Today on the fifth anniversary of the Madrid train bombing by radical Islamists, Senator Joe Lieberman’s Homeland Security Commitee heard testimony in an attempt to gauge the degree of concern we should have over the Somali “youths” who have reportedly left the US to take part in Jihadist activities in the Horn of Africa.
I attended the hearing in Washington today and will tell you in detail about it tomorrow. Update: Here now is my report.
As a kind of warm-up I’m posting tonight on the Washington Post’s front page story today in advance of the hearing. This situation has been going on for months, in fact over a year, and it’s finally sinking into the conciousness of insular Washington. To read this (below) and listen to the hearings, one begins to see how 9/11 came about.
Senior U.S. counterterrorism officials are stepping up warnings that Islamist extremists in Somalia are radicalizing Americans to their cause, citing their recruitment of the first U.S. citizen suicide bomber and their potential role in the disappearance of more than a dozen Somali American youths.
In recent public statements, the director of national intelligence and the leaders of the FBI and CIA have cited the case of Shirwa Ahmed, a 27-year-old college student from Minneapolis who blew himself up in Somalia on Oct. 29 in one of five simultaneous bombings attributed to al-Shabaab, a group with close links to al-Qaeda.
Since November, the FBI has raced to uncover any ties to foreign extremist networks in the unexpected departures of numerous Somali American teenagers and young men, who family members believe are in Somalia. The investigation is active in Boston; San Diego; Seattle; Columbus, Ohio; and Portland, Maine, a U.S. law enforcement official said, and community members say federal grand juries have issued subpoenas in Minneapolis and elsewhere.
Officials are still trying to assess the scope of the problem but say reports so far do not warrant a major concern about a terrorist threat within the United States. But intelligence officials said the recruitment of U.S. citizens by terrorist groups is particularly worrisome because their American passports could make it easier for them to reenter the country.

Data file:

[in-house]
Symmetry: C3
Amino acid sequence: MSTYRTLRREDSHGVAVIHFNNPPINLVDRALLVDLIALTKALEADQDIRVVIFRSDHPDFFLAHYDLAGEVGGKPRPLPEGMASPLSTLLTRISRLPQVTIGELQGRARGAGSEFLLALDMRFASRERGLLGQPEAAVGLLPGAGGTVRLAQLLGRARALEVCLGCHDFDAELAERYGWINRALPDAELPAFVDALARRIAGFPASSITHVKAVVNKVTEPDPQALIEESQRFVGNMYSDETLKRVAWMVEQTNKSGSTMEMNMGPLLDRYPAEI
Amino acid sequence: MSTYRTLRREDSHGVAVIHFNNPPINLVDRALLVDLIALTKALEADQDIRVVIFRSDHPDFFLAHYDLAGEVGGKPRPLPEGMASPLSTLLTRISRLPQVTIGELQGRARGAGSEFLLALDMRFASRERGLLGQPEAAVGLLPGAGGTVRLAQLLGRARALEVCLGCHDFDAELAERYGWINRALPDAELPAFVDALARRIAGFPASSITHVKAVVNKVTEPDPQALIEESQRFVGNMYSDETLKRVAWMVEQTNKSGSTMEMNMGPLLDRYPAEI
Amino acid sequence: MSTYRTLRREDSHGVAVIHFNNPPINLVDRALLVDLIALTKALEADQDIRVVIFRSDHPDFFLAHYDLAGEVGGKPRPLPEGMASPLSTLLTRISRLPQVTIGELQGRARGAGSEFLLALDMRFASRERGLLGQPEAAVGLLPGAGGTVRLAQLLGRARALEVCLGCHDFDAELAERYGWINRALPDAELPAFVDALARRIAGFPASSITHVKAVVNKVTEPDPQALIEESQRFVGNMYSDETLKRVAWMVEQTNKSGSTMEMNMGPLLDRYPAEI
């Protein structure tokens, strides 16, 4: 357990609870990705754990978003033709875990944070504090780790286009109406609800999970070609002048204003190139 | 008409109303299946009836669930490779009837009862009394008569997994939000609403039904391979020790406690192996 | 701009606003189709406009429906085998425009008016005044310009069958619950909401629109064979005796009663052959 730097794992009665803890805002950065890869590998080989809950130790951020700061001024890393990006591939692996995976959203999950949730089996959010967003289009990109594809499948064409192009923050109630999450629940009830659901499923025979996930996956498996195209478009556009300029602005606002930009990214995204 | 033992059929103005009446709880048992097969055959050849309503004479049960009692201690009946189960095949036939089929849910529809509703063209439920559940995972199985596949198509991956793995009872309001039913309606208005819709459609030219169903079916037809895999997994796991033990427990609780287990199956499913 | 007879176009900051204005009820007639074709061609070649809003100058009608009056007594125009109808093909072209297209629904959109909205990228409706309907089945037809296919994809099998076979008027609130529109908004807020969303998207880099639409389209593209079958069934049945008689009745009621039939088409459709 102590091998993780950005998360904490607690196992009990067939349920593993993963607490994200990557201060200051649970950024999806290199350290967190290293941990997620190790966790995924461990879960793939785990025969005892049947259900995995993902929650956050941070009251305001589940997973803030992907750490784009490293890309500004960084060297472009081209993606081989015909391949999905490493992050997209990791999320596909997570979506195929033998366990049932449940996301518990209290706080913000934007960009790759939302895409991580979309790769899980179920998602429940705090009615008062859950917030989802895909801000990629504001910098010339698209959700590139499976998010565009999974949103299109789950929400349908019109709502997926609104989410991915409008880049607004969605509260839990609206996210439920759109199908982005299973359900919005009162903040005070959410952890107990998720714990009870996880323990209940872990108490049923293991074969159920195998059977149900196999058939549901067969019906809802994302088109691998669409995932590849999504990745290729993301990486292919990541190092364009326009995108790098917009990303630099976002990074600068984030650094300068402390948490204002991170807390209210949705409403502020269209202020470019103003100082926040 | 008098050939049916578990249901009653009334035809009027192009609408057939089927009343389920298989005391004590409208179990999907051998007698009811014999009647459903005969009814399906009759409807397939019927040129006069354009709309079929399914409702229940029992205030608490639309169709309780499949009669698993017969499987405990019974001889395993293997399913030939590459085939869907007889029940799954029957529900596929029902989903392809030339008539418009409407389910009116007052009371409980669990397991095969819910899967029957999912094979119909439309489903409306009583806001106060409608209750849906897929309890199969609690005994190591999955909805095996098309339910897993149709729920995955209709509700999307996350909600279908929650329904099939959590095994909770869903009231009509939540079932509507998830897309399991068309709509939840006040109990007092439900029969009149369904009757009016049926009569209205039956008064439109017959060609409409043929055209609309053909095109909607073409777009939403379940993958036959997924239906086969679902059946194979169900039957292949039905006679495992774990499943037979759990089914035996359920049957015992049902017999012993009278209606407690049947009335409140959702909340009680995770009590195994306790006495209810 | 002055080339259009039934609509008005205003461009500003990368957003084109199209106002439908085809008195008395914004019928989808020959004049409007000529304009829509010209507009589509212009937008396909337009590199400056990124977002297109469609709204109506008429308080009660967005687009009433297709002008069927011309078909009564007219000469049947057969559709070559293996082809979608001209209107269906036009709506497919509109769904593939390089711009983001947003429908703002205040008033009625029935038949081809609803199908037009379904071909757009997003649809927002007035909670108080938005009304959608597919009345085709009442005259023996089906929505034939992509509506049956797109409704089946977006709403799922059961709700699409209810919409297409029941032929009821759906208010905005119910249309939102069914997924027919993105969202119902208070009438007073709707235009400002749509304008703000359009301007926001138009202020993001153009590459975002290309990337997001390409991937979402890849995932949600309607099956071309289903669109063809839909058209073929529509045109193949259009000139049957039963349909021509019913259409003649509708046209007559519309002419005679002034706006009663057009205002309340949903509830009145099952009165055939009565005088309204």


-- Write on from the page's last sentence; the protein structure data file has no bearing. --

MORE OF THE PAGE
Al-Shabaab — meaning “the youth” or “young guys” in Arabic — “presents U.S. authorities with the most serious evidence to date of a ‘homegrown’ terrorist recruitment problem right in the American heartland,” Georgetown University professor Bruce R. Hoffman says in a forthcoming report by the SITE Intelligence Group, a private firm that monitors Islamist Web sites.
There wasn’t much new in the Post story that we haven’t reported here, but this was a revelation. Director of the FBI Robert Mueller compared Somalia to Ireland, huh?
U.S. authorities have been wary of stereotyping Somalis or overstating concerns, with Mueller recently comparing the situation to that in Ireland, another country with civil strife, terrorism and a large immigrant community in the United States but little violence here.
Maybe he was thinking Ireland and Islam both start with the letter “I.” Correct me if I’m wrong but I don’t remember any angry Irish immigrants going back to the ‘old sod’ to kill themselves as Shirwa Ahmed did.
Then here comes the obligatory reporter’s homage to Omar Jamal (see all of our posts on Omar ‘Jesse Jackson’ Jamal here):
Omar Jamal, executive director of the Somali Justice Advocacy Center in Minnesota, said the group first alerted the local FBI a year ago, when family members believed Sakaria Sharif Macruf had left and been killed fighting in Somalia. He later turned up alive but with al-Shabaab in Kismaayo, a city in southern Somalia under the group’s control, Ahmed said.
Jamal said U.S. government policies since 9/11 helped push alienated youths toward radicals.
“You have high rates of young guys unemployed. You have a high rate of dropouts. They’re difficult to integrate and work into the mainstream.” He said religious extremists worked with youths and “gave them hope in their lives — then indoctrinated them into this violent, radical ideology.”
Only one problem with Jamal’s ‘poverty and alienation’ breed terrorism theory, by all accounts some of the missing boys were in the US since they were babies, were straight A students and had bright futures.
When I tell you about the hearing tomorrow, you will see this theme ran throughout the hearing—the poor, fatherless, alienated, unassimilated “kids” are ripe for radical Islamic recruitment. Not one word about the power and pull of Islamic religious and political ideology, something we, mostly secular Americans, just don’t get.